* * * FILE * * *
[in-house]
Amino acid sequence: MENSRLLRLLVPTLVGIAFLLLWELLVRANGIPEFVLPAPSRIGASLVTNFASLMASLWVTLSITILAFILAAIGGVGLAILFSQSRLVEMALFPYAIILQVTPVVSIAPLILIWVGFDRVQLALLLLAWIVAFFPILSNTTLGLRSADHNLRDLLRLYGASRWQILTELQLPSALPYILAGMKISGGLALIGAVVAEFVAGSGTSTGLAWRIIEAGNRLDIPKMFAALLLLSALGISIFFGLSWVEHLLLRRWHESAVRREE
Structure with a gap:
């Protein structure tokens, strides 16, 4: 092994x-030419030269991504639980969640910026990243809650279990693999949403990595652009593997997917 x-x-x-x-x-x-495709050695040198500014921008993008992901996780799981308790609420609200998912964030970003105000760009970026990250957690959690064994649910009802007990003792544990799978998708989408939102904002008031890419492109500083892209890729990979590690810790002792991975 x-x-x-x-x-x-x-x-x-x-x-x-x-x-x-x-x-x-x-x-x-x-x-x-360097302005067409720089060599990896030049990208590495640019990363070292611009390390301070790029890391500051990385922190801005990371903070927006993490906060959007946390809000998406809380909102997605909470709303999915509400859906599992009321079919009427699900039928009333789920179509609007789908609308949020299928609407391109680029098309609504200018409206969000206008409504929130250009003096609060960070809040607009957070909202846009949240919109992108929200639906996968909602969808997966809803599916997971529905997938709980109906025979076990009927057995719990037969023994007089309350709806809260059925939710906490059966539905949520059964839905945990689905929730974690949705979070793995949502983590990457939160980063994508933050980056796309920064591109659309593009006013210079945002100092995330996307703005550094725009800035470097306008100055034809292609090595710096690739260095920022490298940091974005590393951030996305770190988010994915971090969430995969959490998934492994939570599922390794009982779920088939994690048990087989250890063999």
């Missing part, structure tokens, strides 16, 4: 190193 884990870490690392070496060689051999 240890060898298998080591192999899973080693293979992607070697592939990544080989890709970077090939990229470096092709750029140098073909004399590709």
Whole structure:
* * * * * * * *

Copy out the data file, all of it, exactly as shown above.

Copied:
[in-house]
Amino acid sequence: MENSRLLRLLVPTLVGIAFLLLWELLVRANGIPEFVLPAPSRIGASLVTNFASLMASLWVTLSITILAFILAAIGGVGLAILFSQSRLVEMALFPYAIILQVTPVVSIAPLILIWVGFDRVQLALLLLAWIVAFFPILSNTTLGLRSADHNLRDLLRLYGASRWQILTELQLPSALPYILAGMKISGGLALIGAVVAEFVAGSGTSTGLAWRIIEAGNRLDIPKMFAALLLLSALGISIFFGLSWVEHLLLRRWHESAVRREE
Structure with a gap:
């Protein structure tokens, strides 16, 4: 092994x-030419030269991504639980969640910026990243809650279990693999949403990595652009593997997917 x-x-x-x-x-x-495709050695040198500014921008993008992901996780799981308790609420609200998912964030970003105000760009970026990250957690959690064994649910009802007990003792544990799978998708989408939102904002008031890419492109500083892209890729990979590690810790002792991975 x-x-x-x-x-x-x-x-x-x-x-x-x-x-x-x-x-x-x-x-x-x-x-x-360097302005067409720089060599990896030049990208590495640019990363070292611009390390301070790029890391500051990385922190801005990371903070927006993490906060959007946390809000998406809380909102997605909470709303999915509400859906599992009321079919009427699900039928009333789920179509609007789908609308949020299928609407391109680029098309609504200018409206969000206008409504929130250009003096609060960070809040607009957070909202846009949240919109992108929200639906996968909602969808997966809803599916997971529905997938709980109906025979076990009927057995719990037969023994007089309350709806809260059925939710906490059966539905949520059964839905945990689905929730974690949705979070793995949502983590990457939160980063994508933050980056796309920064591109659309593009006013210079945002100092995330996307703005550094725009800035470097306008100055034809292609090595710096690739260095920022490298940091974005590393951030996305770190988010994915971090969430995969959490998934492994939570599922390794009982779920088939994690048990087989250890063999």
């Missing part, structure tokens, strides 16, 4: 190193 884990870490690392070496060689051999 240890060898298998080591192999899973080693293979992607070697592939990544080989890709970077090939990229470096092709750029140098073909004399590709």
Whole structure: